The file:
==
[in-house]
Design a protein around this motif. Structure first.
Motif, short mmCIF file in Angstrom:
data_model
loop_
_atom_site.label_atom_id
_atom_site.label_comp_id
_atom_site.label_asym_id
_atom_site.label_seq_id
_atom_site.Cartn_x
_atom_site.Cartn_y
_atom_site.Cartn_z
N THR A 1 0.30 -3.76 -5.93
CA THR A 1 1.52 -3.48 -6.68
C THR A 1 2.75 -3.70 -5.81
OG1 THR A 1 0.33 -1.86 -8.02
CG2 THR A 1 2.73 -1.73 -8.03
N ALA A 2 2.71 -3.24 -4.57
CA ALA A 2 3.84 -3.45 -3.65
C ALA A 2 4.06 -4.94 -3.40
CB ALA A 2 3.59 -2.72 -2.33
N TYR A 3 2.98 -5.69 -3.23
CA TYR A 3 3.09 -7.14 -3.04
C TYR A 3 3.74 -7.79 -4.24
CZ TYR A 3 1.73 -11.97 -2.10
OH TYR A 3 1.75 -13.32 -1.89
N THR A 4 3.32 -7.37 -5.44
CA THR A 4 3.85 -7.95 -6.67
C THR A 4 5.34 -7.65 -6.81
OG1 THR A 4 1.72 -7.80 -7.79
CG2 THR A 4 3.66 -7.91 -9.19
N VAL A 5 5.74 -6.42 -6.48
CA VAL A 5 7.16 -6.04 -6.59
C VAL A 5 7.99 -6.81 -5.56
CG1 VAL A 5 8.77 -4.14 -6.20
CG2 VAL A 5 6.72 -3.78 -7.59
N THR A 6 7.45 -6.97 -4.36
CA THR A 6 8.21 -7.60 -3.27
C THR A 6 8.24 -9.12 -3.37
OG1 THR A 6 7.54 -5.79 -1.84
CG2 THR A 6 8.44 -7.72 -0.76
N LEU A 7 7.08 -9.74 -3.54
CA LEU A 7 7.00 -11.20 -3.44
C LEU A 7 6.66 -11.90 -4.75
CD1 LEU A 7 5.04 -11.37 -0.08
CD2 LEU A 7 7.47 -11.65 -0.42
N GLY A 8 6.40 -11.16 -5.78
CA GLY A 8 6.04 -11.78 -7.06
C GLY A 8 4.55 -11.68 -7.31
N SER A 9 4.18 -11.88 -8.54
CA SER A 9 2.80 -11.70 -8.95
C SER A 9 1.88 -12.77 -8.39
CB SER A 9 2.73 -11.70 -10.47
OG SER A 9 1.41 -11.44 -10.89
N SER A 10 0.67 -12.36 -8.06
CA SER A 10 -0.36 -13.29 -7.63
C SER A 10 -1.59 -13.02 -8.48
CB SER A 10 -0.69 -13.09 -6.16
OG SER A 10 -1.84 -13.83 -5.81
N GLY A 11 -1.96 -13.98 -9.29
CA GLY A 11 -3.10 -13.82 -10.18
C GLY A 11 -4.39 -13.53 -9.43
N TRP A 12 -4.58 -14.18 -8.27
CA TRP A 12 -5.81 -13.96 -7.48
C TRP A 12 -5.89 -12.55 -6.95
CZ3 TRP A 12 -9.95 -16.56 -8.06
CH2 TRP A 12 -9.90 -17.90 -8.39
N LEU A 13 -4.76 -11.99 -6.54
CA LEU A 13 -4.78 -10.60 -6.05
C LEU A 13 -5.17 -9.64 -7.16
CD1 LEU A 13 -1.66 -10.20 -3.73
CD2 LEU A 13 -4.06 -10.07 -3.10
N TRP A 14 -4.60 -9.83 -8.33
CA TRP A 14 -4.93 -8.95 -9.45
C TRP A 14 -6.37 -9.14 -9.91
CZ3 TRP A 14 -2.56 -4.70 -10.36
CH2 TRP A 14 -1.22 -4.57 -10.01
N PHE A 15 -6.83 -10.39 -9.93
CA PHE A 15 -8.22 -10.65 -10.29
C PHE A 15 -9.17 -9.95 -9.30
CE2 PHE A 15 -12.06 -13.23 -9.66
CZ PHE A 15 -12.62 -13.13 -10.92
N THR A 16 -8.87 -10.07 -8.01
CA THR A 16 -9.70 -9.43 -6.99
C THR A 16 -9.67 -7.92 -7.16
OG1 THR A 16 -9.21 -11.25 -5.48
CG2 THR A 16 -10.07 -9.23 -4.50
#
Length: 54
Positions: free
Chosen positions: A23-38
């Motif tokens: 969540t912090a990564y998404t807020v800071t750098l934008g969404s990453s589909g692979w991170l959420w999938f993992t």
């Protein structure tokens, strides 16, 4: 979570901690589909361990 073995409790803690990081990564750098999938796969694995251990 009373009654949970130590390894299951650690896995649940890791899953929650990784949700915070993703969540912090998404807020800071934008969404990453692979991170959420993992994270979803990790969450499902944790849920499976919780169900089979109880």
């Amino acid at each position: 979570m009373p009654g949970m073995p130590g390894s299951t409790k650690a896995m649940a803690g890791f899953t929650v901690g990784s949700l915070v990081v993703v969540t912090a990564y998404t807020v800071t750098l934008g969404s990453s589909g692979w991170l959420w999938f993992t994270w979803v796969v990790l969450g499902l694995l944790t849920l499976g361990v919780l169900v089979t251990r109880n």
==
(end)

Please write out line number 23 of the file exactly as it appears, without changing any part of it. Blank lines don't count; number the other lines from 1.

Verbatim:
CA TYR A 3 3.09 -7.14 -3.04